But if China is such an important trading partner for the US, why take any stand on the Taiwan issue?


In the wake of coronavirus, the global economy has been crashing. It has become painfully obvious that all countries, including the United States, need to seriously consider restructuring their supply chains. 

Coupled with the Trump administration’s anti-China stance, these circumstances lead to the US taking a firmer position. 

Now, there is an understanding in the international political economy to move away from China. It won’t happen immediately, but if the world follows this trajectory, it will almost certainly happen in the future. 


That’s right. And to that end, the US views China more as a strategic rival than an economic partner. So Taiwan has become an even more valuable ally to stand against China’s expansion in East Asia. Supporting Taiwan is another way that the US can put pressure on China in their ongoing soft-power conflict.



So, now that we know how Taiwan factors into the US-China rivalry, let’s get into how those relations have spilled over into the WHO. Since taking office, Trump has disapproved of the WHO. In fact, his administration has not replaced the Obama-era representative to the WHO’s executive board since Trump took office. 

At the same time, China has been leveraging its economic might to gain a powerful seat at the international table, and the WHO is one of the areas where China, in the absence of the US, is gaining a lot of power. In essence, Trump’s refusal to appoint a WHO representative has ceded a lot of influence to China, who have taken on a stronger role in global health policy. 



So against this backdrop, Taiwan has been frozen out of WHO deliberations about coronavirus, despite sending early warnings that could have helped stop the spread. On December 31st, Taiwan’s government expressed concerns to the WHO regarding the possibility of human-to-human transmission based on their research. 

But Taiwan received no reply. Instead, the WHO endorsed China’s denial of human-to-human transmission until January 21, almost a full month after. 

In fact, recent statements by German intelligence paint the picture that Chinese President Xi Jinping requested the head of the WHO,  to suppress any information about human-to-human transmission and to delay calling coronavirus a pandemic.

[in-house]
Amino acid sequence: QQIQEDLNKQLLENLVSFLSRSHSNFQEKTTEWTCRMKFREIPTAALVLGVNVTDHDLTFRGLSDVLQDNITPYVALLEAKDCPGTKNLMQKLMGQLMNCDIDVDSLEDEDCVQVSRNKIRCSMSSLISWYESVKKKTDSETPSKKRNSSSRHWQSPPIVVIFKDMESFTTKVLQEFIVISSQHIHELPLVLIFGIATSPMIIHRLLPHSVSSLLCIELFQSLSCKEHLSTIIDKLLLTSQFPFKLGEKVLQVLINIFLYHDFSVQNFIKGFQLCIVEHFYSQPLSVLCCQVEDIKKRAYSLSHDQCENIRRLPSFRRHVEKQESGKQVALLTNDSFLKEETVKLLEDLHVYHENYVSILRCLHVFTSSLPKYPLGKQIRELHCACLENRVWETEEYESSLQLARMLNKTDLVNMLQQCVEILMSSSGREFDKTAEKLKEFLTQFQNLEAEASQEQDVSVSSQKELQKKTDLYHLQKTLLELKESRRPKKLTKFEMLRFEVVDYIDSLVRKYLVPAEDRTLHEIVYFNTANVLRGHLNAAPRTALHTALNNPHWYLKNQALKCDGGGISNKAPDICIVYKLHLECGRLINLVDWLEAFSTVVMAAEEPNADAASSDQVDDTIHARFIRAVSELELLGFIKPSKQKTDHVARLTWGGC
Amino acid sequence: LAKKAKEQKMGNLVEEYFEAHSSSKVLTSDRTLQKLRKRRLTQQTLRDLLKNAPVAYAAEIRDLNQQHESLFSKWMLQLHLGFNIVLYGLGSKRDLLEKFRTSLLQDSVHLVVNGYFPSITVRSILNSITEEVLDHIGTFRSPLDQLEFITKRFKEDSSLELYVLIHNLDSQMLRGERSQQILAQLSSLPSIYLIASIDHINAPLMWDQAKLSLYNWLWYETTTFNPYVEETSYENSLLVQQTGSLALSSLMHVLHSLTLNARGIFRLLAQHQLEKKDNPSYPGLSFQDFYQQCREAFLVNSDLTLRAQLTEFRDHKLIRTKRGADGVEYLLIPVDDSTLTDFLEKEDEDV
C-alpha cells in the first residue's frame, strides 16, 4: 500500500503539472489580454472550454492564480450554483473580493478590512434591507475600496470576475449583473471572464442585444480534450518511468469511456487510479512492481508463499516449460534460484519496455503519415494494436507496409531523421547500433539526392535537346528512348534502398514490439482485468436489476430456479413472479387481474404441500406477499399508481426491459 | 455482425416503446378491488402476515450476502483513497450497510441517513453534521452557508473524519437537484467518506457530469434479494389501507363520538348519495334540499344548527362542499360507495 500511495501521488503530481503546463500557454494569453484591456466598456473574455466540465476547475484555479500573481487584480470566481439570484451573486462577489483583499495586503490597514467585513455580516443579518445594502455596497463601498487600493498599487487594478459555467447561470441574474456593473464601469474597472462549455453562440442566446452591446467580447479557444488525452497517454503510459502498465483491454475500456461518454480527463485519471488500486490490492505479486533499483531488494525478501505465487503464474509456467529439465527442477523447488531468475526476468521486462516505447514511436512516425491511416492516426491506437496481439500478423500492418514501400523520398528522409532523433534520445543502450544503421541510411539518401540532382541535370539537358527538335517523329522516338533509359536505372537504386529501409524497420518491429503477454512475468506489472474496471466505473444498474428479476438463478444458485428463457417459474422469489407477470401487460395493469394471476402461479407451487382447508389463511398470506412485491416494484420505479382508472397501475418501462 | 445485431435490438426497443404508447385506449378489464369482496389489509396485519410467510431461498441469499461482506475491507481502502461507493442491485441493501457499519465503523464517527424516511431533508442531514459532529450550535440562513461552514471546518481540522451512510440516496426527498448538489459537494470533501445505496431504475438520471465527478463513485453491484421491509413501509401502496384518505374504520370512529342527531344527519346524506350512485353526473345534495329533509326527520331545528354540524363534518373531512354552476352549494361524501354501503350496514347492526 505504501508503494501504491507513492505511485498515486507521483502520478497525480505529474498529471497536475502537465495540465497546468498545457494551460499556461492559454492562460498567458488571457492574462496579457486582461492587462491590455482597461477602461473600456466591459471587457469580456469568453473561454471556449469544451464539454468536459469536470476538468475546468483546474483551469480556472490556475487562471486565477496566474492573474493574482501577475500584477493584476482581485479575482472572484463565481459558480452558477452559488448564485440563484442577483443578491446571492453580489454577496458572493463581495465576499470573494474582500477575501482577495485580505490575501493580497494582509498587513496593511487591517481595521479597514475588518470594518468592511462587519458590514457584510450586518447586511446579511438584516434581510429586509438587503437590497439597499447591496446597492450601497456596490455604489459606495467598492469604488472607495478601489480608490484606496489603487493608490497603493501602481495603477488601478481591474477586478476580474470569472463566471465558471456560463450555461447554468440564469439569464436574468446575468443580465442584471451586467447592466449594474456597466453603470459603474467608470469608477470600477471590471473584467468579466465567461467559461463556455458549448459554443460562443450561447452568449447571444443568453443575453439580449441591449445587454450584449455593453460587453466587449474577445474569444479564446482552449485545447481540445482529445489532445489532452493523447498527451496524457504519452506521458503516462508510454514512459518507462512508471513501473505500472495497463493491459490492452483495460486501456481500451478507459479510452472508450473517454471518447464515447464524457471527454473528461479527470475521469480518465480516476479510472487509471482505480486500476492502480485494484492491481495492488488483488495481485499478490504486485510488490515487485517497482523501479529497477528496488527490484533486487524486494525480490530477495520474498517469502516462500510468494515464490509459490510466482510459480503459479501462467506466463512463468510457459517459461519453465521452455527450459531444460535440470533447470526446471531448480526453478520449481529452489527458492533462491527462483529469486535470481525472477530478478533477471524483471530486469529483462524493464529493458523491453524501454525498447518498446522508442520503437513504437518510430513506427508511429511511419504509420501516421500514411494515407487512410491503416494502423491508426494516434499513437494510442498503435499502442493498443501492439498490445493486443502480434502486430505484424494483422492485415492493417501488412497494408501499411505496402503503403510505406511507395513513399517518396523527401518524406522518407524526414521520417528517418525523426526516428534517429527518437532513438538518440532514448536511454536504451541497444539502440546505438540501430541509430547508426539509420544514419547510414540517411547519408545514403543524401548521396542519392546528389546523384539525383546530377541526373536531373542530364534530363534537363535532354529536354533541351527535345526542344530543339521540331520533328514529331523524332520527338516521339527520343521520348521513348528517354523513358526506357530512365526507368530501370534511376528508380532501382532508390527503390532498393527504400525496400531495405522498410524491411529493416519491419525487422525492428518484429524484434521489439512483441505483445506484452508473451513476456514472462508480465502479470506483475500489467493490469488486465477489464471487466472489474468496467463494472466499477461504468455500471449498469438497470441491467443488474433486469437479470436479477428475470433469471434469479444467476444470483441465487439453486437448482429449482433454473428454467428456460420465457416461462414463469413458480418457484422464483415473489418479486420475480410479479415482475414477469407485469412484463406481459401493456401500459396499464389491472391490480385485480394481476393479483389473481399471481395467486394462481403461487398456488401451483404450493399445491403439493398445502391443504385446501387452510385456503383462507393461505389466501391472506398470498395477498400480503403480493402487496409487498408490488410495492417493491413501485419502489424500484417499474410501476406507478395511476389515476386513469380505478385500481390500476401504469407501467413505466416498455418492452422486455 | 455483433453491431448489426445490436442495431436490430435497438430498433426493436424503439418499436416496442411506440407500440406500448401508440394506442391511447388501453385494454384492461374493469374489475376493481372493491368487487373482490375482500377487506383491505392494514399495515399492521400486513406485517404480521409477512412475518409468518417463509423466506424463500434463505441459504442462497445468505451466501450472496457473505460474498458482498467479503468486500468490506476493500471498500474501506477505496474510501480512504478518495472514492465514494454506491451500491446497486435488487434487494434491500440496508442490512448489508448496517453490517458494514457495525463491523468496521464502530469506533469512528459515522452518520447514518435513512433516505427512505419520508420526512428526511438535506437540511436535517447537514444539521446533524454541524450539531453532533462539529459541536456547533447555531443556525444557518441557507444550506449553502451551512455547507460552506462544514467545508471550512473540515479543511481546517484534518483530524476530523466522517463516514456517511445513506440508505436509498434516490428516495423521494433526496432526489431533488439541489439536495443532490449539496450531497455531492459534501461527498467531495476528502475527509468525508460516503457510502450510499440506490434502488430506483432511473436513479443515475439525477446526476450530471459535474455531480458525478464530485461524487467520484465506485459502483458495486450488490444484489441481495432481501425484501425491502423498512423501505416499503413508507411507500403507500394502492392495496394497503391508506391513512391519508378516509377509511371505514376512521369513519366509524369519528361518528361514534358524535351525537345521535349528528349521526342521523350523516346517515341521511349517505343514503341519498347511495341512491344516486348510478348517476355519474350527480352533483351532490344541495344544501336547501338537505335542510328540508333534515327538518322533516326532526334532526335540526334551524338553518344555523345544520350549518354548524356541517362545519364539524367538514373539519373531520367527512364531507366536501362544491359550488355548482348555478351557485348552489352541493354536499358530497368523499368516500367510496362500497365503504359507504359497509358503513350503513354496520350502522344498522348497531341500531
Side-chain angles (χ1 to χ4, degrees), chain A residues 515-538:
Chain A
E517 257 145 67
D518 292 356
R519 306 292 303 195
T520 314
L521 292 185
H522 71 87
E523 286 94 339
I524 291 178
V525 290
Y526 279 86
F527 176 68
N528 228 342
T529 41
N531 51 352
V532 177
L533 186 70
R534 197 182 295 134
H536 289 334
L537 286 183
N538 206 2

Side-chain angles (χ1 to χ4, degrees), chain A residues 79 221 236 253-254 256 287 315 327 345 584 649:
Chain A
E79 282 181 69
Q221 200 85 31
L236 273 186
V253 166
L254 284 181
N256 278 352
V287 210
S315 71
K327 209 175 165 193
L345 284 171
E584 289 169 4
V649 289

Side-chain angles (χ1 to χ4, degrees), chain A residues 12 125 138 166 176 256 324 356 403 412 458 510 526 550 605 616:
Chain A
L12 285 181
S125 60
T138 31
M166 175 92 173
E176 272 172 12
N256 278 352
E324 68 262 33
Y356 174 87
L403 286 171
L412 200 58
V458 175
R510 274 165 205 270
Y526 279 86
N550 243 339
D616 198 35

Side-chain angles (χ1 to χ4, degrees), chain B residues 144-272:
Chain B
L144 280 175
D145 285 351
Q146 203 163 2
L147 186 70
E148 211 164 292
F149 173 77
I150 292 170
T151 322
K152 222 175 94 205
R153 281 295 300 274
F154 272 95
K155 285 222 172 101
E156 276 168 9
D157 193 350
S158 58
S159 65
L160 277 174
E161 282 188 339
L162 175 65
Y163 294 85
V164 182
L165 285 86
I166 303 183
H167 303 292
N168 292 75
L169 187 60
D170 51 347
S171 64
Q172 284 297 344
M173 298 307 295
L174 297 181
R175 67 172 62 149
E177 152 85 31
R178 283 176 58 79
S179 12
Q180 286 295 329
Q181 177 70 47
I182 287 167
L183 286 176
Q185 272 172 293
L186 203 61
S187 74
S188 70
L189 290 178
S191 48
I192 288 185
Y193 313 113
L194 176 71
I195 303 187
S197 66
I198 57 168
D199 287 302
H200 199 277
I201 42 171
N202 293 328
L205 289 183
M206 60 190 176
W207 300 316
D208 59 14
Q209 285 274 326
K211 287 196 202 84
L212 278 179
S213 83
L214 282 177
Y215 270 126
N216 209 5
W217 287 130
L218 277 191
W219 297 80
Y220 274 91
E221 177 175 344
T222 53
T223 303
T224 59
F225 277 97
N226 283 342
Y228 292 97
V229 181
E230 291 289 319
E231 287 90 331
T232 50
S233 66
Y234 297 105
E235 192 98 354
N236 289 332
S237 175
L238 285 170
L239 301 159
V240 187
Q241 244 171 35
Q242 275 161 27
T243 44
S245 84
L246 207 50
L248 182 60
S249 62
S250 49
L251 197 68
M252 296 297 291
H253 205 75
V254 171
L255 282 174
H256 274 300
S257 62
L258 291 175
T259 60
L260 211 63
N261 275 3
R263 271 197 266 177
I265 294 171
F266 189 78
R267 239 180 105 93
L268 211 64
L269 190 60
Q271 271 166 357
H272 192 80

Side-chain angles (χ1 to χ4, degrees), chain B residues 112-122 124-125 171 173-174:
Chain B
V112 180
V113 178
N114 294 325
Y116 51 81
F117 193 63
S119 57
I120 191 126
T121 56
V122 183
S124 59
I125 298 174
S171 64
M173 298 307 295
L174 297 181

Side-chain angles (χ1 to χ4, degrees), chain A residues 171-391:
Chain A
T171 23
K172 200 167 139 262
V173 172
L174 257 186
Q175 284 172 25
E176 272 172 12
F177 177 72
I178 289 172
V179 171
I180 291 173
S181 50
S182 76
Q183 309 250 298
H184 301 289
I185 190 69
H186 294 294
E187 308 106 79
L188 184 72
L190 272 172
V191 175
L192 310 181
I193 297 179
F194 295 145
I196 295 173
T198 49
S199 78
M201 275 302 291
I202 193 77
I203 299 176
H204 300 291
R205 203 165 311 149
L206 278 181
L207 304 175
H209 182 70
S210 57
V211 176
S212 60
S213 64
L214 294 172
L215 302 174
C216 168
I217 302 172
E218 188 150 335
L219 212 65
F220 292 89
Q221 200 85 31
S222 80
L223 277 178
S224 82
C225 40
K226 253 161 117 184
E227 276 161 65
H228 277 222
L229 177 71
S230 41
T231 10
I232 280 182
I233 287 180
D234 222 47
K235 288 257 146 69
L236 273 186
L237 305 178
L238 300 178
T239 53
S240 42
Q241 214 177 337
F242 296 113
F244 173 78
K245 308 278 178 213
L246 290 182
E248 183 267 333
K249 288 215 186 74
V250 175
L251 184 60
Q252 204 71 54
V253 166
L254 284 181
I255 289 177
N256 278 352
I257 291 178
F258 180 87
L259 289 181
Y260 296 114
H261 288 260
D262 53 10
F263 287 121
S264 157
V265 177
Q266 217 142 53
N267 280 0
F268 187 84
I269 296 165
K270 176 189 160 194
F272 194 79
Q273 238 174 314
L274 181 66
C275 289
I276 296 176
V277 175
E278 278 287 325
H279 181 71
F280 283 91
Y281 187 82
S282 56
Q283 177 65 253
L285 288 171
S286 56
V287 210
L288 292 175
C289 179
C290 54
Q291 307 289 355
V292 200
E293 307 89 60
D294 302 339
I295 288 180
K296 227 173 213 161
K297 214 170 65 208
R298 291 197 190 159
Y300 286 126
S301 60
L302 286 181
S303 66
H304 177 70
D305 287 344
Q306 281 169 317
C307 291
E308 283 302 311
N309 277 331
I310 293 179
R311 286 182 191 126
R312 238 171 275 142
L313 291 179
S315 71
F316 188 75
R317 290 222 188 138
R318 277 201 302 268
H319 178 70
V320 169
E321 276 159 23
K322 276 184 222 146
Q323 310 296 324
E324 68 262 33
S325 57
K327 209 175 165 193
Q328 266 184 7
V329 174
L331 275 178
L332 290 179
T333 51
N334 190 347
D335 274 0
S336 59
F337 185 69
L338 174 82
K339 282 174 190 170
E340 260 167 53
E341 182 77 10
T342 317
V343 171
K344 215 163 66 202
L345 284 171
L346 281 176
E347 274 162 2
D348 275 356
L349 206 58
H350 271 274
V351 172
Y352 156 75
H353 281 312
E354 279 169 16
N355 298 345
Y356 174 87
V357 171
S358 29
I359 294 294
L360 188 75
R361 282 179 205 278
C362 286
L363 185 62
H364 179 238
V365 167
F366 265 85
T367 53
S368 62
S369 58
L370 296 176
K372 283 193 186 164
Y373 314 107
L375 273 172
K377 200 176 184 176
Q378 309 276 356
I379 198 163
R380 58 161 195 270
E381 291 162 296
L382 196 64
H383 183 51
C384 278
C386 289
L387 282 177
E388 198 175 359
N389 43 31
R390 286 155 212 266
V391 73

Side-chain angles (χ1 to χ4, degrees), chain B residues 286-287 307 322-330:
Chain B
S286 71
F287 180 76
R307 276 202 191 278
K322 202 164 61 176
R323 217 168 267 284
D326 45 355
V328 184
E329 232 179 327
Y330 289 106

Why would the head of the WHO even listen to China about something as important as coronavirus information?


It comes back to a concept we discussed in our first episode called “debt-trap diplomacy”. China has its boot on the neck of many developing countries across Africa, Latin America, and Asia by offering them predatory loans for their infrastructure projects. 

The countries can’t pay back the loans, and China ends up building the infrastructure as a “favor.” This leads to China owning most of the country’s infrastructure. One such country is Ethiopia, where the head of the WHO is from. You can see where we’re going with this. 


So, if the intelligence report is to be believed, China has been leveraging its economic power over Ethiopia to force the head of the WHO to serve China’s needs. 


That’s pretty worrying if it’s true. But, getting back to Taiwan, has this situation in the WHO affected its coronavirus response? 


Not really. Taiwan has handled the outbreak of coronavirus admirably. They have had less than 500 cases and 6 deaths. And Taiwan has been donating whatever resources it can. 

Here’s an interesting fact. Recently, Wisconsin needed PPE desperately, like many other states. The White House connected them with Taiwan, and within a few days, Taiwan sent over  100,000 masks, with absolutely no strings attached. This has shown what the world is missing out on by not having more robust foreign relations with Taiwan. It also shows what Taiwan has to offer as a member of the WHO.  


In effect, China’s imposition of its own policies on the WHO has left Taiwan in the lurch to the detriment of the world. An organization like the WHO cannot function optimally if it is partial to one country’s interests.